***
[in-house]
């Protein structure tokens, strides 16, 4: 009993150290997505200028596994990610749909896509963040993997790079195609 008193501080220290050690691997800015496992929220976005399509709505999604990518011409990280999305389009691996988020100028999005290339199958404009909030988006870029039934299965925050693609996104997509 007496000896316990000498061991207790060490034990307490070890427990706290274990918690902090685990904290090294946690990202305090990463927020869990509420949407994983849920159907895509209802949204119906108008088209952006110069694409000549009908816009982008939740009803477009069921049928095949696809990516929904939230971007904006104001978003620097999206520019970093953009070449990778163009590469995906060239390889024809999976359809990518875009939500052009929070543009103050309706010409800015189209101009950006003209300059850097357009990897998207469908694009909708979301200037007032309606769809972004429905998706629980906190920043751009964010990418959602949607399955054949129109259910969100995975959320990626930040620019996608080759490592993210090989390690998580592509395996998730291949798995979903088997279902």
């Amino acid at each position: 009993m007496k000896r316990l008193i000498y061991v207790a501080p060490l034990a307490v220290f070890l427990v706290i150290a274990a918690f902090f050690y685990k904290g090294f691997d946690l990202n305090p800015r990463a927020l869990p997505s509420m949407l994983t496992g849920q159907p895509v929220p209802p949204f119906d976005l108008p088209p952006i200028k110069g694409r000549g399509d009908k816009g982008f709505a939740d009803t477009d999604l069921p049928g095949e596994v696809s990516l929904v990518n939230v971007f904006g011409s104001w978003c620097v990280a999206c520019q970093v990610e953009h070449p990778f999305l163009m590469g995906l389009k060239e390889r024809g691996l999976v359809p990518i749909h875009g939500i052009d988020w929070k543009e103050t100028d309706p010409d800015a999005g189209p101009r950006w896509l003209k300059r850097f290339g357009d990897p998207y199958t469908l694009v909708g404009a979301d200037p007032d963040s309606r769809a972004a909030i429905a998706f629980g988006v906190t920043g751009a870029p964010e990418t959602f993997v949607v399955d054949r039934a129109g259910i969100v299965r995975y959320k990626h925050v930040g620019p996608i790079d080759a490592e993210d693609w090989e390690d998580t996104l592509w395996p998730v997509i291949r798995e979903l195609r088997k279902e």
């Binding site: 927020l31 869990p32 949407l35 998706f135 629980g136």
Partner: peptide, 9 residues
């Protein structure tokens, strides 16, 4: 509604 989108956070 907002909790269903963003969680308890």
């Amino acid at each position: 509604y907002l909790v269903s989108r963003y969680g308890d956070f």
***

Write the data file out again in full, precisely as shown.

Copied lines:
[in-house]
């Protein structure tokens, strides 16, 4: 009993150290997505200028596994990610749909896509963040993997790079195609 008193501080220290050690691997800015496992929220976005399509709505999604990518011409990280999305389009691996988020100028999005290339199958404009909030988006870029039934299965925050693609996104997509 007496000896316990000498061991207790060490034990307490070890427990706290274990918690902090685990904290090294946690990202305090990463927020869990509420949407994983849920159907895509209802949204119906108008088209952006110069694409000549009908816009982008939740009803477009069921049928095949696809990516929904939230971007904006104001978003620097999206520019970093953009070449990778163009590469995906060239390889024809999976359809990518875009939500052009929070543009103050309706010409800015189209101009950006003209300059850097357009990897998207469908694009909708979301200037007032309606769809972004429905998706629980906190920043751009964010990418959602949607399955054949129109259910969100995975959320990626930040620019996608080759490592993210090989390690998580592509395996998730291949798995979903088997279902």
């Amino acid at each position: 009993m007496k000896r316990l008193i000498y061991v207790a501080p060490l034990a307490v220290f070890l427990v706290i150290a274990a918690f902090f050690y685990k904290g090294f691997d946690l990202n305090p800015r990463a927020l869990p997505s509420m949407l994983t496992g849920q159907p895509v929220p209802p949204f119906d976005l108008p088209p952006i200028k110069g694409r000549g399509d009908k816009g982008f709505a939740d009803t477009d999604l069921p049928g095949e596994v696809s990516l929904v990518n939230v971007f904006g011409s104001w978003c620097v990280a999206c520019q970093v990610e953009h070449p990778f999305l163009m590469g995906l389009k060239e390889r024809g691996l999976v359809p990518i749909h875009g939500i052009d988020w929070k543009e103050t100028d309706p010409d800015a999005g189209p101009r950006w896509l003209k300059r850097f290339g357009d990897p998207y199958t469908l694009v909708g404009a979301d200037p007032d963040s309606r769809a972004a909030i429905a998706f629980g988006v906190t920043g751009a870029p964010e990418t959602f993997v949607v399955d054949r039934a129109g259910i969100v299965r995975y959320k990626h925050v930040g620019p996608i790079d080759a490592e993210d693609w090989e390690d998580t996104l592509w395996p998730v997509i291949r798995e979903l195609r088997k279902e």
């Binding site: 927020l31 869990p32 949407l35 998706f135 629980g136």
Partner: peptide, 9 residues
């Protein structure tokens, strides 16, 4: 509604 989108956070 907002909790269903963003969680308890």
């Amino acid at each position: 509604y907002l909790v269903s989108r963003y969680g308890d956070f």